Thomas McEvilley

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Thomas McEvilley (/məkˈɛvəl/; July 13, 1939 - March 2, 2013) was an American art critic, poet, novelist, and scholar, a distinguished lecturer in art history at Rice University,[1] and founder and former chair of the Department of Art Criticism and Writing at the School of Visual Arts in New York City.[2]

Work[edit]

McEvilley was an expert in the fields of Greek and Indian culture, history of religion and philosophy, and art. He published several books and hundreds of scholarly monographs, articles, catalog essays, and reviews on early Greek and Indian poetry, philosophy, and religion as well as on contemporary art and culture. [1][2][3]

Toward a Redefinition of Painting for the Post-Modern Era[edit]

In his 1993 book The Exile’s Return: Toward a Redefinition of Painting for the Post-Modern Era, McEvilley made an important contribution to the late twentieth century "death of painting" debate. He noted that after two decades of decline in importance as a medium, painting revived around 1980. In its return from exile, painting assumed a new theoretical basis in postmodern cultural theory, together with a new kind of self-awareness and interest in its own limitations.

Heads It's Form, Tails It's Not Content[edit]

In the article "Heads it's Form, Tails it's not Content" McEvilley describes a theoretical framework for the formalist project presented by postwar critics such as Clement Greenberg, Michael Fried and Sheldon Nodelman.[4] He argued that formalist ideas are rooted in Neoplatonism and as such deal with the problem of content by claiming that content is embedded within form. Formalism is based on a linguistic model that Claude Lévi-Strauss argued is given content through the unconscious. In adopting a formalist approach, a critic cannot ignore the content that accompanies every deployment of form.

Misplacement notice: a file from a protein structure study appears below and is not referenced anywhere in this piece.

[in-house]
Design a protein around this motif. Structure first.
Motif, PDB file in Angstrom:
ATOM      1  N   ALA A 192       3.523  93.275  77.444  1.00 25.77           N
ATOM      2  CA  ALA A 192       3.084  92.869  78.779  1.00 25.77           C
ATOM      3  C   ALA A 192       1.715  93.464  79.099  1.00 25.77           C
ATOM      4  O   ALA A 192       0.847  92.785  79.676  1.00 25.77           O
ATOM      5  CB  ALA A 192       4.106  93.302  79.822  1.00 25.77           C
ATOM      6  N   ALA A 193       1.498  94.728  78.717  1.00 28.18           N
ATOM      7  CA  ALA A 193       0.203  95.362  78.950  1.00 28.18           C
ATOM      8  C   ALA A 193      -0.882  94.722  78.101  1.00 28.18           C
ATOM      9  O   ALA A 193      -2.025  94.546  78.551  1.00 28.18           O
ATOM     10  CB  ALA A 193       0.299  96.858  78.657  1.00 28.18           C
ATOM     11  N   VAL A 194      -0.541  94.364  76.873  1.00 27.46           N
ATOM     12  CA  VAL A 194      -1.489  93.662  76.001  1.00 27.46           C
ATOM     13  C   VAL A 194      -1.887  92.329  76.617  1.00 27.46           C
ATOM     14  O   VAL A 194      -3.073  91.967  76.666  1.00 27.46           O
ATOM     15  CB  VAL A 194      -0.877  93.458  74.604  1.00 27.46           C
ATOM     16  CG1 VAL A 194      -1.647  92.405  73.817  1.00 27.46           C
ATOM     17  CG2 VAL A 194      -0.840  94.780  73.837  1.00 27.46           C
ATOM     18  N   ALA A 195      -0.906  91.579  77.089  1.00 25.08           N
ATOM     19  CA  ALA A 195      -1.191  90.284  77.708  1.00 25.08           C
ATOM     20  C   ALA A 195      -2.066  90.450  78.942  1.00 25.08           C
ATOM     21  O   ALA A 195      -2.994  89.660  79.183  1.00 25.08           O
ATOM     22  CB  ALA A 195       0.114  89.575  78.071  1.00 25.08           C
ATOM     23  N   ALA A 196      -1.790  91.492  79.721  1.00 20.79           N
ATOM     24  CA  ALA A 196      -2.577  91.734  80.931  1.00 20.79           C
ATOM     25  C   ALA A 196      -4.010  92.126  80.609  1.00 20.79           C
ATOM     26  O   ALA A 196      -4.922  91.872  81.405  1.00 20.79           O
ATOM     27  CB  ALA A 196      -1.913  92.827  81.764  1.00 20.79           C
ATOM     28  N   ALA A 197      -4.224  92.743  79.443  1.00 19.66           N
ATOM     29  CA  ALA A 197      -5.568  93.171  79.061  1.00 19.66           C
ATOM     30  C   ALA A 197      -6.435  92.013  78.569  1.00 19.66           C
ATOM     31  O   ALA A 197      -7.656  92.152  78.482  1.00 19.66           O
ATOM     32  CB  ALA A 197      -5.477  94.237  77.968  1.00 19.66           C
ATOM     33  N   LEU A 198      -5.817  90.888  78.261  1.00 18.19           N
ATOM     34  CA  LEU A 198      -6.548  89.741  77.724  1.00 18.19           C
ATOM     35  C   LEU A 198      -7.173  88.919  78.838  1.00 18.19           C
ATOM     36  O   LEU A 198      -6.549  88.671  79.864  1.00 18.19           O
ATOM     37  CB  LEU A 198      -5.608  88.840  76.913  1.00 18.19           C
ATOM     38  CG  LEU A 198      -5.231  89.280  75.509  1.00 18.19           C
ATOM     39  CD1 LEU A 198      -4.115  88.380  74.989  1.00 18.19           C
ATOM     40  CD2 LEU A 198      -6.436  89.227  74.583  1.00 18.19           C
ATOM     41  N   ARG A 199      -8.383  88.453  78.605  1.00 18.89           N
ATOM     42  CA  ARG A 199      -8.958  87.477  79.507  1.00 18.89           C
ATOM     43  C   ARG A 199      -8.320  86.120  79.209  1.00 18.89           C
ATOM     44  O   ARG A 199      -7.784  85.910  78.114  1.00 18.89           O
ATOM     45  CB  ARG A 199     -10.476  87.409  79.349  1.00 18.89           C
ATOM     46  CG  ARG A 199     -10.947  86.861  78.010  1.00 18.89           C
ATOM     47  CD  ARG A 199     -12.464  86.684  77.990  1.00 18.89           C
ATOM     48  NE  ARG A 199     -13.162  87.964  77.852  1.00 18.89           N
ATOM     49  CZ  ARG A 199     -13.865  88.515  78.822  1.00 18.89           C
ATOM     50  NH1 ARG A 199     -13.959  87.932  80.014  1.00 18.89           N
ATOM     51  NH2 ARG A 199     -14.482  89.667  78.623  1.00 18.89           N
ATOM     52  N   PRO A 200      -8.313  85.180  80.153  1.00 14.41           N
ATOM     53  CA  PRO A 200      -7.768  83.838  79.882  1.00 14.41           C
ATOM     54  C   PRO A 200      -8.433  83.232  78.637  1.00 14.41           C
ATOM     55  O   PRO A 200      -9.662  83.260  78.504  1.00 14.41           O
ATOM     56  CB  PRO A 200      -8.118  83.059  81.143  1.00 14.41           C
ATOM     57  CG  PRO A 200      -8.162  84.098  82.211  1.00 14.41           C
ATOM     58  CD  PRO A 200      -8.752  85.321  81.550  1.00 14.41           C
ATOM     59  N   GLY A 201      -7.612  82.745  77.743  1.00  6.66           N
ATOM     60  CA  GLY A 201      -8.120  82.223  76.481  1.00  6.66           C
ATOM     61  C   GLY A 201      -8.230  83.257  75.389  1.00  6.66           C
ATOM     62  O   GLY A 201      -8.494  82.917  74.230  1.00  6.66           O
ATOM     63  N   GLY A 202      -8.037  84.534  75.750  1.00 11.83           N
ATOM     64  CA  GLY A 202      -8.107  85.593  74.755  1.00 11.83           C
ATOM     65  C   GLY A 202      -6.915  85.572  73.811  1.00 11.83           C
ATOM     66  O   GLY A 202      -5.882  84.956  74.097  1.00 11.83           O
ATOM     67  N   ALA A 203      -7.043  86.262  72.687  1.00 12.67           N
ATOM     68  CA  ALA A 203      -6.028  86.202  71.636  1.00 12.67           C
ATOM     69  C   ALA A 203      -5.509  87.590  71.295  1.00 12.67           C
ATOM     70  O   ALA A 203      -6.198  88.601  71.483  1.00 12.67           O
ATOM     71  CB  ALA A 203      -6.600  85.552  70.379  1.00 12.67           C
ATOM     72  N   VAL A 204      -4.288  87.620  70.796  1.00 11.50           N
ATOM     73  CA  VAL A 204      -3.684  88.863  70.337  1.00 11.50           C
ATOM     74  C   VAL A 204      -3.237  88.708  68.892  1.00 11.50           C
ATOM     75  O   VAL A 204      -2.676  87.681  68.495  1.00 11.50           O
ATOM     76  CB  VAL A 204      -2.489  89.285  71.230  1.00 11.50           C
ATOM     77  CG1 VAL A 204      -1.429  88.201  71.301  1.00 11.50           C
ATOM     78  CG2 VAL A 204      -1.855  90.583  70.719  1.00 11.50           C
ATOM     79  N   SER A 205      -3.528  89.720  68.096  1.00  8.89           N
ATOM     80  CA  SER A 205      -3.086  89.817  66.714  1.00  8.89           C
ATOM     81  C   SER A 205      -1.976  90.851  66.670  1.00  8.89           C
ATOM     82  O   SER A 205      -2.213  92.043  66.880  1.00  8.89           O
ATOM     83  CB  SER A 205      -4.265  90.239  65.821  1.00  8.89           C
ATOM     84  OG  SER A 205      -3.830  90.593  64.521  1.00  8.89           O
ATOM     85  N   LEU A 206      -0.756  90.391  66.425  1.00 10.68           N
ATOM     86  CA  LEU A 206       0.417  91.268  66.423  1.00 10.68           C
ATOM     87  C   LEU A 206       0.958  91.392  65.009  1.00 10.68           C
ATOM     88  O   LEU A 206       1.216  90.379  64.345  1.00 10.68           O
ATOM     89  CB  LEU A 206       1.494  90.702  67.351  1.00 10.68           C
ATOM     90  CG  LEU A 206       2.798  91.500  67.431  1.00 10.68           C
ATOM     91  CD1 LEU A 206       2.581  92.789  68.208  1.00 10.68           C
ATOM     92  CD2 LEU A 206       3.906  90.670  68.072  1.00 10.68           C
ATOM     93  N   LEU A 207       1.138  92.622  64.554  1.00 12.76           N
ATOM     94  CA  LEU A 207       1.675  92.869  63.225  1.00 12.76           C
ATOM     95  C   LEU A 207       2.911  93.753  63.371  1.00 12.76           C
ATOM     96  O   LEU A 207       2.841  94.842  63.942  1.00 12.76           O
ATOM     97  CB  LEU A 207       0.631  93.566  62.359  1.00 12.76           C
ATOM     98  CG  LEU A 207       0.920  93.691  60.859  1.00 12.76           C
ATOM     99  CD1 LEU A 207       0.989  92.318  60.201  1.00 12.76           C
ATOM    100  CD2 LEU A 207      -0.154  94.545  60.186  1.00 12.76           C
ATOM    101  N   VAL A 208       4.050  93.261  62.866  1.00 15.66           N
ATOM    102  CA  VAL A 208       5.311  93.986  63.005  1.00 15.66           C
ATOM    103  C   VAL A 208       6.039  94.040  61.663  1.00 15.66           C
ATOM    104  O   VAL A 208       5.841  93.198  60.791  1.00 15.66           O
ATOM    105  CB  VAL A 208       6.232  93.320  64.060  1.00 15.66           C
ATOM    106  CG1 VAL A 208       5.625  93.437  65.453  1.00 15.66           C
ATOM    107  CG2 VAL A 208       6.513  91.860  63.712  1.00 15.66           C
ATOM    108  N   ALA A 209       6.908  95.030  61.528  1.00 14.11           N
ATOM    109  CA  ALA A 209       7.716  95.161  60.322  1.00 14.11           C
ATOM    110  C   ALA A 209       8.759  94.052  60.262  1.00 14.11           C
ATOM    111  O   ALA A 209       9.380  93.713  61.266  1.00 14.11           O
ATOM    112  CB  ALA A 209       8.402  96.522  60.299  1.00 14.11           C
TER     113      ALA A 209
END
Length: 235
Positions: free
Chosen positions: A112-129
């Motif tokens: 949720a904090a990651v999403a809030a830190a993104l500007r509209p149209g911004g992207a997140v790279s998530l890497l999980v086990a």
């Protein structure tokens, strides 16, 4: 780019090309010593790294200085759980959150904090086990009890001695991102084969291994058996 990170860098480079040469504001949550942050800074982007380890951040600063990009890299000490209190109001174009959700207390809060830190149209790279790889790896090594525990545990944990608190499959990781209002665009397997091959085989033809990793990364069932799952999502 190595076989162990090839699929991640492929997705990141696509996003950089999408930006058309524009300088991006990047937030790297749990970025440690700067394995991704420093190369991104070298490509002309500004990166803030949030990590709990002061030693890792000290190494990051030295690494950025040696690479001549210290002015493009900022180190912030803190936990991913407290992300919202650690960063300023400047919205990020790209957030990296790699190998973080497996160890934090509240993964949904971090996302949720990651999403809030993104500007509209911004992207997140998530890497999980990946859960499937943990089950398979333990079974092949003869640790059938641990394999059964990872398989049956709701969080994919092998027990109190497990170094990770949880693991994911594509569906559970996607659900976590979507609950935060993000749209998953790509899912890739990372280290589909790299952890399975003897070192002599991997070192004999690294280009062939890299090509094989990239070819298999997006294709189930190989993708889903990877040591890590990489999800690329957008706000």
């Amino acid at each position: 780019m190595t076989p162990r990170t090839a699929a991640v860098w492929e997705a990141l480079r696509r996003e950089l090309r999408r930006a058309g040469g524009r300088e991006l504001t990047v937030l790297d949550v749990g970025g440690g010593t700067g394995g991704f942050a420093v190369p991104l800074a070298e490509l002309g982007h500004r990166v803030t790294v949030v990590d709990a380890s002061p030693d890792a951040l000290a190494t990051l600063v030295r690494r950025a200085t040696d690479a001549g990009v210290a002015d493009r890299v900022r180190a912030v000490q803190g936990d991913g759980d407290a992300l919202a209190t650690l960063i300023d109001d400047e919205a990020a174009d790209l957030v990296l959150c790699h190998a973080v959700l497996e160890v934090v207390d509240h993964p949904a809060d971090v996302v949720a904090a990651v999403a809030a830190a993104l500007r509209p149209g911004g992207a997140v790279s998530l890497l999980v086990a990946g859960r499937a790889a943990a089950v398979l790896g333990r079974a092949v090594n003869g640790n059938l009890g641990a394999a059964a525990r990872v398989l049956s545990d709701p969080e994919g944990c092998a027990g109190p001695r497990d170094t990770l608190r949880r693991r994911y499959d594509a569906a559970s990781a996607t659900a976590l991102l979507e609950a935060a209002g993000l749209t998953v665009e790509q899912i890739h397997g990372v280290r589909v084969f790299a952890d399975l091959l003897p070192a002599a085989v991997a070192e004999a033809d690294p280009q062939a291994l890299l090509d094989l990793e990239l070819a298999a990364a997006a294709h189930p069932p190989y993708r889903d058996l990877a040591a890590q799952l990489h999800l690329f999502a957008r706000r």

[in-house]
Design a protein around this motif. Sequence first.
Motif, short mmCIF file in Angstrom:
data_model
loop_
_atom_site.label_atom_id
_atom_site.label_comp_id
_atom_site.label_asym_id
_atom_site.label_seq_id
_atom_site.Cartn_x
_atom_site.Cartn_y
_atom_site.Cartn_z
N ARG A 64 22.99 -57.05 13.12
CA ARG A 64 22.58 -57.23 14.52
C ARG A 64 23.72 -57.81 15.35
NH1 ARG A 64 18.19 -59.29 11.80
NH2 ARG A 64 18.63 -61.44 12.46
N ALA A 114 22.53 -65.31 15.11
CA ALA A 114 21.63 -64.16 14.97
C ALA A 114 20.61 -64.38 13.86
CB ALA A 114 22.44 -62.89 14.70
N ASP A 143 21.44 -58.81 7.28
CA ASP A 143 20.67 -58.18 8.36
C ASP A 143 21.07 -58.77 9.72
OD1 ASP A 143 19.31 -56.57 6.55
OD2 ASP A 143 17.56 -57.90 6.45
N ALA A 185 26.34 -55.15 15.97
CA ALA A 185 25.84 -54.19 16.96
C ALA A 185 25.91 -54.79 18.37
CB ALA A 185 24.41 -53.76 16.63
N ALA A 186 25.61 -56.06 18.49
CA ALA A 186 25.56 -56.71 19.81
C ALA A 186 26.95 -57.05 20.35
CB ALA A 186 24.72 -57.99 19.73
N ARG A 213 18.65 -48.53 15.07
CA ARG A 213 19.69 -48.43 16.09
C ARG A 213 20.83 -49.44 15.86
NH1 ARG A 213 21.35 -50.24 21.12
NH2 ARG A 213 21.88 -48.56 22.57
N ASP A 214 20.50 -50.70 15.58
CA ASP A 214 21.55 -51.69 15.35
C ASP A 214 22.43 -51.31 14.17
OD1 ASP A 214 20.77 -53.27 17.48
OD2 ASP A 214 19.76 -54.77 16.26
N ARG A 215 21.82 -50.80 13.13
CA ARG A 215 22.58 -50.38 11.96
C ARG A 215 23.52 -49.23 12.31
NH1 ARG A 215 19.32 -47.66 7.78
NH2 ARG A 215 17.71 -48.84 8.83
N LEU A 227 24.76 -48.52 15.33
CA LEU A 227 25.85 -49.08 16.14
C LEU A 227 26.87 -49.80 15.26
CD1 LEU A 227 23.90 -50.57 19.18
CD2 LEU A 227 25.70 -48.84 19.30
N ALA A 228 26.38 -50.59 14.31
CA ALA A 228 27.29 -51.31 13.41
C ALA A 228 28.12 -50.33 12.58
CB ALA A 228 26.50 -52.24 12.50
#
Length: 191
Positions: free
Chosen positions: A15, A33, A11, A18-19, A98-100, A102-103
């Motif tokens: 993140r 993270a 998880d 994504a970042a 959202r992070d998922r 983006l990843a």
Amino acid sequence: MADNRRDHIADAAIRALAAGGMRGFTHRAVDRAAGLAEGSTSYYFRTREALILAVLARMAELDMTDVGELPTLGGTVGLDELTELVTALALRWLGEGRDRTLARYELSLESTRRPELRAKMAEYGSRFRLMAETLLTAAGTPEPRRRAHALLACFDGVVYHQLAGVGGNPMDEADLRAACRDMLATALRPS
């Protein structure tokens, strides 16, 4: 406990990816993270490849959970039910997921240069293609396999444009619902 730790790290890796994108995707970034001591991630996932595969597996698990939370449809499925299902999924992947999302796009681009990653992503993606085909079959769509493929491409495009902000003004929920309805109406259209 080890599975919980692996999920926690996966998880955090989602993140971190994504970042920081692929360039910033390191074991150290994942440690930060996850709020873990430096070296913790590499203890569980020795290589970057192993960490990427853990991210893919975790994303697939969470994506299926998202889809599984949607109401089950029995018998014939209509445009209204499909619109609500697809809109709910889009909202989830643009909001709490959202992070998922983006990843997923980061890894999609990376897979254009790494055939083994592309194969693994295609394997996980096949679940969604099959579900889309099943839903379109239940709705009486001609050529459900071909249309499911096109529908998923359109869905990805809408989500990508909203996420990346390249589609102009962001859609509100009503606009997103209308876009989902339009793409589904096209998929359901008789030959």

Sculpture in the Age of Doubt[edit]

In the book Sculpture in the Age of Doubt (1999), McEvilley analyzes the intellectual issues surrounding the postmodern movement in the course of 20th-century sculpture.

The Shape of Ancient Thought[edit]

In The Shape of Ancient Thought, McEvilley explores the foundations of Western civilization. He argues that today’s Western world must be considered the product of both Greek and Indian thought, both Western philosophy and Eastern philosophies. He shows how trade, imperialism, and currents of migration allowed cultural philosophies to intermingle freely throughout India, Egypt, Greece, and the ancient Near East. This book spans thirty years of McEvilley's research, from 1970 to 2000.[5]

Personal and education[edit]

McEvilley was born in Cincinnati. He studied Greek, Latin, Sanskrit, and classical philosophy in the classics programs of the University of Cincinnati[1] where he received a B.A., and the University of Washington, where he received an M.A..[6] He then returned to Cincinnati, where he received a Ph.D. in classical philology. He also retained a strong interest in modern art, reinforced by the modern artists of his acquaintance.

In 1969, McEvilley joined the faculty of Rice University, where he spent the better part of his teaching career.[3] He was a visiting professor at Yale University and the School of the Art Institute of Chicago, among others. He taught numerous courses in Greek and Indian culture, history of religion and philosophy. In 2008 he retired from teaching after 41 years, residing in New York City and in upstate New York in the Catskills.